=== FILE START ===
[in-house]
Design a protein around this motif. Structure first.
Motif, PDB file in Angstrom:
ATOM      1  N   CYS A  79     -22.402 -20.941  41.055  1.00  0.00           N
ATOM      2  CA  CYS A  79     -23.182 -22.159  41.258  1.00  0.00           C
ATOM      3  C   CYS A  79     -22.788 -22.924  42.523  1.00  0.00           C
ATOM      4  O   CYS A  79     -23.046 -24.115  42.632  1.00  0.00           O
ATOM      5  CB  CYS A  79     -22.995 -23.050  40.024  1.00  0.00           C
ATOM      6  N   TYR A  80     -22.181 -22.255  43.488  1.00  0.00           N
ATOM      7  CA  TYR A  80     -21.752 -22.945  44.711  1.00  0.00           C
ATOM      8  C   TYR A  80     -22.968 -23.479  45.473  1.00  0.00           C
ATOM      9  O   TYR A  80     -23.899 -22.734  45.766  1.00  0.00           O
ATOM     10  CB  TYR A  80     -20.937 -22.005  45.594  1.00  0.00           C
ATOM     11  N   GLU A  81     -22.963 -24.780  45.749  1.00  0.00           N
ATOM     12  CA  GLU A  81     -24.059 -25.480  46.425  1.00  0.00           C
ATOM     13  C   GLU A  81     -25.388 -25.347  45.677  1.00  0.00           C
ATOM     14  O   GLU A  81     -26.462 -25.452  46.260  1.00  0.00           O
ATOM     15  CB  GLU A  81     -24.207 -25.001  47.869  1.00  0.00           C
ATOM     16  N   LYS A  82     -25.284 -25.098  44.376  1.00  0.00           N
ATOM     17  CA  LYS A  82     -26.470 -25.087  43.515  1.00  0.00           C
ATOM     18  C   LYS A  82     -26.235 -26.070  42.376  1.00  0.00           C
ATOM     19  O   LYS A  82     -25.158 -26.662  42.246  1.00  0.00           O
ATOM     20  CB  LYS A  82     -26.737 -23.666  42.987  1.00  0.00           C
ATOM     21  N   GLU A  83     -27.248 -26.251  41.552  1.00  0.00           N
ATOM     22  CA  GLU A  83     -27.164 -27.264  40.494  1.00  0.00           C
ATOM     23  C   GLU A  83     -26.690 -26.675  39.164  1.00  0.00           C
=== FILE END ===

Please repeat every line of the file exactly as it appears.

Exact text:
[in-house]
Design a protein around this motif. Structure first.
Motif, PDB file in Angstrom:
ATOM      1  N   CYS A  79     -22.402 -20.941  41.055  1.00  0.00           N
ATOM      2  CA  CYS A  79     -23.182 -22.159  41.258  1.00  0.00           C
ATOM      3  C   CYS A  79     -22.788 -22.924  42.523  1.00  0.00           C
ATOM      4  O   CYS A  79     -23.046 -24.115  42.632  1.00  0.00           O
ATOM      5  CB  CYS A  79     -22.995 -23.050  40.024  1.00  0.00           C
ATOM      6  N   TYR A  80     -22.181 -22.255  43.488  1.00  0.00           N
ATOM      7  CA  TYR A  80     -21.752 -22.945  44.711  1.00  0.00           C
ATOM      8  C   TYR A  80     -22.968 -23.479  45.473  1.00  0.00           C
ATOM      9  O   TYR A  80     -23.899 -22.734  45.766  1.00  0.00           O
ATOM     10  CB  TYR A  80     -20.937 -22.005  45.594  1.00  0.00           C
ATOM     11  N   GLU A  81     -22.963 -24.780  45.749  1.00  0.00           N
ATOM     12  CA  GLU A  81     -24.059 -25.480  46.425  1.00  0.00           C
ATOM     13  C   GLU A  81     -25.388 -25.347  45.677  1.00  0.00           C
ATOM     14  O   GLU A  81     -26.462 -25.452  46.260  1.00  0.00           O
ATOM     15  CB  GLU A  81     -24.207 -25.001  47.869  1.00  0.00           C
ATOM     16  N   LYS A  82     -25.284 -25.098  44.376  1.00  0.00           N
ATOM     17  CA  LYS A  82     -26.470 -25.087  43.515  1.00  0.00           C
ATOM     18  C   LYS A  82     -26.235 -26.070  42.376  1.00  0.00           C
ATOM     19  O   LYS A  82     -25.158 -26.662  42.246  1.00  0.00           O
ATOM     20  CB  LYS A  82     -26.737 -23.666  42.987  1.00  0.00           C
ATOM     21  N   GLU A  83     -27.248 -26.251  41.552  1.00  0.00           N
ATOM     22  CA  GLU A  83     -27.164 -27.264  40.494  1.00  0.00           C
ATOM     23  C   GLU A  83     -26.690 -26.675  39.164  1.00  0.00           C